Thursday, May 29, 2014

Village People's New York

In the Village People's video for "YMCA," a few glimpses of the vanished city.





The piers, the Ramrod, and the original McBurney Y.



In 2000, the Y -- where the Village People said you could go when you’re short on your dough -- moved to 14th Street and the old building went up for sale.

Across from the Chelsea Hotel since 1904, it sold for $8.5 million, and then sold again in 2003 for $12.5 million. The upper floors of the were converted into large “ultraluxury” condos, while the lower floors were given over to the David Barton gym. In the Times, the new building owner said the gym would be a "one of a kind luxury spa." "They are planning a Turkish Room," he said, "with indoor waterfalls and eucalyptus scrubs done by men in sarongs, combined with afternoon tea."

In the Voice, Michael Musto wrote about the grand opening. He reported, “scantily clad guys and gals sported the motto ‘Look better naked’ in body glitter or on T-shirts, and five wackos dressed like the Village People pranced around a steamy stage as ‘YMCA’ boomed out of the sound system.”



If the YMCA video doesn't satisfy your Village People needs, their movie Can't Stop the Music is streaming on Netflix. It's a 1980 extravaganza of glitter, tight jeans, and Bruce Jenner. It includes a few scenes of the Village streets, mostly along Bleecker and Christopher.



In one longer scene, the whole band, along with Valerie Perrine and Jenner (in crop top) walk along Bleecker from 10th Street, past a rug store called La Chambre Perse (now 7 For All Mankind), a number of antiques shops, and one Joe's Hand Laundry. Today they have all replaced by luxury shopping mall chain stores.



10 comments:

Ken Mac said...

Speaking of antique stores, have you noticed that they're now all gone from Broadway below the Strand? There used to be three of them in a row -- all gone. I'm foggy, might be same area between 13th and 10th on Second, but all gone,

Anonymous said...

Also, nice shot of the old elevated Westside Highway before it was torn down.

laura r. said...

that was an antique district. sorry to see it go. btw, 2nd or 3rd ave in the e.50's was an antique district too. most or all gone w/the wind. we are a fast food cell phone chaindrugstore froyo culture.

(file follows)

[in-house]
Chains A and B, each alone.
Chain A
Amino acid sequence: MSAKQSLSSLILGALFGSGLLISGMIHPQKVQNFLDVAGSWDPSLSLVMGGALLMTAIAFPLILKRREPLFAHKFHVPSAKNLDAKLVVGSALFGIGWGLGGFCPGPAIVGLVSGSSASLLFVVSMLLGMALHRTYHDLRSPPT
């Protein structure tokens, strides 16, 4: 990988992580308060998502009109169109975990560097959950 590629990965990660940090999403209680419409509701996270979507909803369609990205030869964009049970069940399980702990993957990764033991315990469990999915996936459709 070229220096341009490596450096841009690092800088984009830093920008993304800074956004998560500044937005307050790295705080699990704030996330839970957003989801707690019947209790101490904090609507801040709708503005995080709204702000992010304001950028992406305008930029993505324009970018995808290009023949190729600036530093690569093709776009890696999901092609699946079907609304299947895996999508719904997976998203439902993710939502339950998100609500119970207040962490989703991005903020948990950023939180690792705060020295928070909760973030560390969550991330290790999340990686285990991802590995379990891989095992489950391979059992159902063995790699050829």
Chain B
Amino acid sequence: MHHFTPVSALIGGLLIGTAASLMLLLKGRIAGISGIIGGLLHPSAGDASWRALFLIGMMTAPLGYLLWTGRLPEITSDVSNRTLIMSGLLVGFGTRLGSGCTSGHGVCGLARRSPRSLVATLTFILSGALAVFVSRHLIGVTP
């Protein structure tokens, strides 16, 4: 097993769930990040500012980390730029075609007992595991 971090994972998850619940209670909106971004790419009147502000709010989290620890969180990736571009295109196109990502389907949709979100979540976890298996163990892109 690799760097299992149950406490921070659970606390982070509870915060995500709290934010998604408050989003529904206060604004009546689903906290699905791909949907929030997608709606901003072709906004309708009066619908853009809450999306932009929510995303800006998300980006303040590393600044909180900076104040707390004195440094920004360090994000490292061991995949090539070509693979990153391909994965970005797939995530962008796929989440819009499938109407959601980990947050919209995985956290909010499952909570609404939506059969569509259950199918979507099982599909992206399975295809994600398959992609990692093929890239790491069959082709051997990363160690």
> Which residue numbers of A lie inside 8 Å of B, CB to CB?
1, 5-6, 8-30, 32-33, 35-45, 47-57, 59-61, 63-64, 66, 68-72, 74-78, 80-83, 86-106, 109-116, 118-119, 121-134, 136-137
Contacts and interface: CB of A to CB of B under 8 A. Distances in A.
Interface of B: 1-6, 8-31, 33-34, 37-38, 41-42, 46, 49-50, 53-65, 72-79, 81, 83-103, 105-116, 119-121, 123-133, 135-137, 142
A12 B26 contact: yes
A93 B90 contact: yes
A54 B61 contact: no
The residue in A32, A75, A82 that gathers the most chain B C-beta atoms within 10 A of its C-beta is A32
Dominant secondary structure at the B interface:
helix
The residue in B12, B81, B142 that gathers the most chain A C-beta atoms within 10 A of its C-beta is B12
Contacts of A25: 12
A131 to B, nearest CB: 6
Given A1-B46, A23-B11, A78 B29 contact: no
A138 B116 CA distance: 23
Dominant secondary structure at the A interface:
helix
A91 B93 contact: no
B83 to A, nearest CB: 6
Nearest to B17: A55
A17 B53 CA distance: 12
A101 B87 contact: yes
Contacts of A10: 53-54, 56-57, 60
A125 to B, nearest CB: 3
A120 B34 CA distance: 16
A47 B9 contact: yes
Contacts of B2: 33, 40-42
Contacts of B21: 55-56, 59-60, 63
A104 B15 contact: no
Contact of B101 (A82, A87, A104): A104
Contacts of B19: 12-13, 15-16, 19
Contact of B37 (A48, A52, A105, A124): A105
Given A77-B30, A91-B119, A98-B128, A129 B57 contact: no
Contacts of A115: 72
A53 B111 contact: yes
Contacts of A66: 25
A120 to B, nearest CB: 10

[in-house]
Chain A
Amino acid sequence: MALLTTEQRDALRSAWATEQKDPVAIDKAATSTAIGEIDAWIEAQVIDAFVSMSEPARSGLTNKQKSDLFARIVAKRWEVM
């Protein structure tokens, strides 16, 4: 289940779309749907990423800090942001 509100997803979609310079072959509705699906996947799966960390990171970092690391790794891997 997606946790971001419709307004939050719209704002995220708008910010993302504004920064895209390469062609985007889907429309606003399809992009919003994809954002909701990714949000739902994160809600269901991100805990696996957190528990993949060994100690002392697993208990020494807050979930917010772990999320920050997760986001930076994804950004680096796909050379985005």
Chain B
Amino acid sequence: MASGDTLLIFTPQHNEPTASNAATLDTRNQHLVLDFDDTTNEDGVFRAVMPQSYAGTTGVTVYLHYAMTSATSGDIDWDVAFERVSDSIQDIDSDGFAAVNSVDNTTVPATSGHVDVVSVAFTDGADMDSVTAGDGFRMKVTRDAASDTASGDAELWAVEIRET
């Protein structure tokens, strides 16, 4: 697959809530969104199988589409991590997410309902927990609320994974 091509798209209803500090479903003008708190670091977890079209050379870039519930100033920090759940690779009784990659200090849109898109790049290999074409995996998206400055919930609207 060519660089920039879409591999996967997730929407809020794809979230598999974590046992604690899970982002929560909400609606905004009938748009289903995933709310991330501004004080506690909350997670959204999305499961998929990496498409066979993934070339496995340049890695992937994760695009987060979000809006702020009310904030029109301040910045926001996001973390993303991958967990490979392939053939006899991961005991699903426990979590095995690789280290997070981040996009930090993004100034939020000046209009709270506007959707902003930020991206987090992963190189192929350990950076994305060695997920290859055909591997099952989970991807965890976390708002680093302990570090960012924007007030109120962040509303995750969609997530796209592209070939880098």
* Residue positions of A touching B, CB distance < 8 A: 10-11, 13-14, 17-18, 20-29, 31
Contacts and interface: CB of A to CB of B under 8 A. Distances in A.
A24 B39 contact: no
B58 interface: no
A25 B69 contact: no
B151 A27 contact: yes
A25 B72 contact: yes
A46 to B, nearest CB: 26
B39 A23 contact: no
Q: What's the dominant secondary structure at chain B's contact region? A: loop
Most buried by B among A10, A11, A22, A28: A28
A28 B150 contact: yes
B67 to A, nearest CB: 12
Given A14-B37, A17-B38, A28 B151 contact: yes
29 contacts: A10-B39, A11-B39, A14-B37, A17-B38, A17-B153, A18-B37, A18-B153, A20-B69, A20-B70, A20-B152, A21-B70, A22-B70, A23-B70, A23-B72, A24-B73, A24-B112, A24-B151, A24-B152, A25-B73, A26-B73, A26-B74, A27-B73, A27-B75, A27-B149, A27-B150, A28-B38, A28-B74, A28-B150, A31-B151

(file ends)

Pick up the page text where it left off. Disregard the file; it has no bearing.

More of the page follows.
Edwin B said...

I used to dream of moving here like so many others. I bring my HS students from Milwaukee on a DC/NYC trip to get a first hand glimpse at politics and culture (many have not even been on a plane)...as the guides take them around it all seems to be explained in the past tense. Used to be an Irish Neighborhood, Bleeker St was especially depressing for me. I understand that change is inevitable and sometimes necessary, but a burrrough built by poor immigrants should still have some... no? I am no longer jealous of this place. There's still some character I suppose that will always remain...just feels kind of contrived and superficial...almost like a marketing ploy. I prefer my walkable and cheaper COMMUNITY in po dunk Milwaukee any day where we have community meetings people actually attend among other things. Additionally I teach some pretty poor children and the money around here now seems much more pervasive. I use Manhattan as a way to teach inequality now. It was actually angering to me to see the dickish wealth around here...sad business...our nations cultural mecca in decay...$$$$$$$$

Anonymous said...

Can't stop the music is a fantastic movie and a must if you really want to see what we have lost. The movie is full of good energy, wooden acting, good or bad music depending on your taste, but it is also a time capsule of the freedom to be yourself in even a tough town like New York.

John M said...

You said it, Edwin. Try living here full time. It deadens your soul on a daily basis.

Anonymous said...

@laura r. There are still plenty of antique shops and design stores along the side streets of the East 50s between 2nd and 3rd Avenues.

laura r. said...

anon 11:32, thats good to know. i have taken busses down 2nd ave & up 3rd. what seems to stick out & get my attention are the cell phone places. lets hope some interesting stores will be around for a while.

Anonymous said...

I've been nyc for 9years and I'd rather live no where else. Especially, a small town, village or tiny city for that mater. Nyc charges me everyday! It might lose it's charm one day, but not anytime soon. Just wanted to give you an opinion of someone who appreciates the way nyc constantly changes

Anonymous said...

Nyc recharges me everyday! When I'm away I cant wait to get back